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Nordstrom is trading nearly $20 a share lower than a $50 a share offer it once rejected as too low

A man shops at the Nordstrom men’s store, the company’s first-ever Manhattan location.

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Two years ago, Nordstrom was offered a buyout offer at $50 a share. It’s shares are now trading 38% lower than that, but there’s still hope for the retailer.

Nordstrom’s stock is down roughly 35% year-to-date, swept up in the general malaise investors have shown the retail sector. Nordstrom’s challenges are not unique to the industry. Its competitors, Macy’s, J.C. Penney, are Kohl’s are facing their own hurdles as they grapple with too many stores and shoppers choosing to buy online or from brands directly.

But Nordstrom — with its affordable luxury price-point and high-touch customer service — has long been viewed as the darling of the sector. That perception was part of the argument that family members, who own 31.2% of the company, used in their quest to take the company private two years ago. The goal at the time was to avoid the pressure of the public market and make needed tougher decisions, like store closures, that are harder when at the mercy of quarterly reports and public investors.

That deal never came to fruition, however. A special committee advising the company’s board rejected the family’s offer of $50 a share as too low, and the two ultimately called off talks.

Now, with Nordstrom’s shares depressed along with the rest of industry, it seems its fears of the impact of being a public company have come to fruition.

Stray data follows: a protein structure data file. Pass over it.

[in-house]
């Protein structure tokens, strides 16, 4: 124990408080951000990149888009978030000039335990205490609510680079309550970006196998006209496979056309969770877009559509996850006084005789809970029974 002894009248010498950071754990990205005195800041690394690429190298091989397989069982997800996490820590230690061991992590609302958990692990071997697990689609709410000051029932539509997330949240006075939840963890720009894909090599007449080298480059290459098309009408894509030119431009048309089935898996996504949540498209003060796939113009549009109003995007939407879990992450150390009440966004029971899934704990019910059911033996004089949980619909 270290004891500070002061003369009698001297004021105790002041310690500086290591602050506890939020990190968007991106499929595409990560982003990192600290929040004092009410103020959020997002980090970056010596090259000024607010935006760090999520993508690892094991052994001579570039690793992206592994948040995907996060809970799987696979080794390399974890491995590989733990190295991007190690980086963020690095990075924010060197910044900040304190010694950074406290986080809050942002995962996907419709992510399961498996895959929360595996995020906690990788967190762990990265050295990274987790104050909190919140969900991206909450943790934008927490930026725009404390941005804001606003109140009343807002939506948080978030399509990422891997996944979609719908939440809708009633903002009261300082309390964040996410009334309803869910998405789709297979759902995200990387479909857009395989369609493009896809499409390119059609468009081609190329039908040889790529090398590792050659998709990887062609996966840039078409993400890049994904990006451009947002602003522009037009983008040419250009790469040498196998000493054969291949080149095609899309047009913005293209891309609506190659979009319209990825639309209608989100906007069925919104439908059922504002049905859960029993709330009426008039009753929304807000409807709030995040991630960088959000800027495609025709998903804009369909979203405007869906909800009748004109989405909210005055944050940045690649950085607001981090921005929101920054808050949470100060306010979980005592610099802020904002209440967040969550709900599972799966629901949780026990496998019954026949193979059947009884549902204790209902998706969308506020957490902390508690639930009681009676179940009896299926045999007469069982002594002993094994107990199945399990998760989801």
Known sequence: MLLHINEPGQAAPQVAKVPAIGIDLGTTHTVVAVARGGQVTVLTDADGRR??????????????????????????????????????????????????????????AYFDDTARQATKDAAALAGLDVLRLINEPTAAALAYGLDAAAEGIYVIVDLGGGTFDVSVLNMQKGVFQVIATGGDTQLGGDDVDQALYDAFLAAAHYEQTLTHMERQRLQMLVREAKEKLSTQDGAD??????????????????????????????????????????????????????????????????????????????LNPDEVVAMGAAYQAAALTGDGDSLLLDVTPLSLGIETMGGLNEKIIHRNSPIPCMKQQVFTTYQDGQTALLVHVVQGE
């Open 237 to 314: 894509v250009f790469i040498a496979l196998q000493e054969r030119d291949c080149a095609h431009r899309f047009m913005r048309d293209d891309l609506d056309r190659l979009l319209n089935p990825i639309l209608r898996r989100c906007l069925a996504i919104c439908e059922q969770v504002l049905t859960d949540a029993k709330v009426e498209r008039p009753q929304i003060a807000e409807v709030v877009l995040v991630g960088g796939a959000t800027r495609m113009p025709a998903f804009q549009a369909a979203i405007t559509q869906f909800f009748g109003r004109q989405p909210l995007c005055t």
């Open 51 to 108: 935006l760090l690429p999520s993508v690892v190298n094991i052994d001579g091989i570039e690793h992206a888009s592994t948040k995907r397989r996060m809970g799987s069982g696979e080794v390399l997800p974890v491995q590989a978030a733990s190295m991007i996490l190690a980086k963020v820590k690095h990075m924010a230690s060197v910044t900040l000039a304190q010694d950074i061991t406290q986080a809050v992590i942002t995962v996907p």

Some of Nordstrom’s pain is self-inflicted. Executives acknowledged in May its fourth-quarter earnings were hurt by a poor roll-out of its “Nordy Club” loyalty program.

Pressure is also being put on Nordstrom by the the pall currently cast across the department store sector. And the retailer is being punished by investors for making the investments it needs to survive, like e-commerce and new stores.

Nordstrom reportedly spent north of $500 million on its New York flagship, set to open in October. The retailer has said it expects that flagship, along with the Nordstrom Local neighborhood service hubs expected to open this fall, will “contribute a meaningful sales lift for this market.”

It’s off-price retail concept, Nordstrom Rack, is a roughly $5 billion business that has recently slowed, but it benefits from the same bargain shopping trends that have sent shares of TJ Maxx parent, TJX, up nearly 25% year-to-date.

Meantime, Nordstrom continues to be well-positioned in its real estate. As retailers progressively view expansive store bases as a burden rather than a strength, Nordstrom touts a relatively small footprint in largely urban areas — roughly 120 full-line stores compared with Macy’s roughly 600 stores.

The retailer also continues to have strong relations with brands, as other department stores — which can’t promise preserving the high-end shopping experience they were once known for — struggle to obtain today’s best merchandise.

And Nordstrom’s competitors’ pain may be its gain.

Hudson’s Bay Co. has announced it is exploring options for its Lord & Taylor store and people familiar with the matter tell CNBC it could include further store closures. Richard Baker, the executive chairman of the Saks parent, is trying take the company private in a deal that could pave the way for it run its business more in line with Baker’s real estate background, rather than as a retail company.

Meantime, private-equity-backed Neiman Marcus has been struggling with onerous debt load that can limit its ability to invest for the future.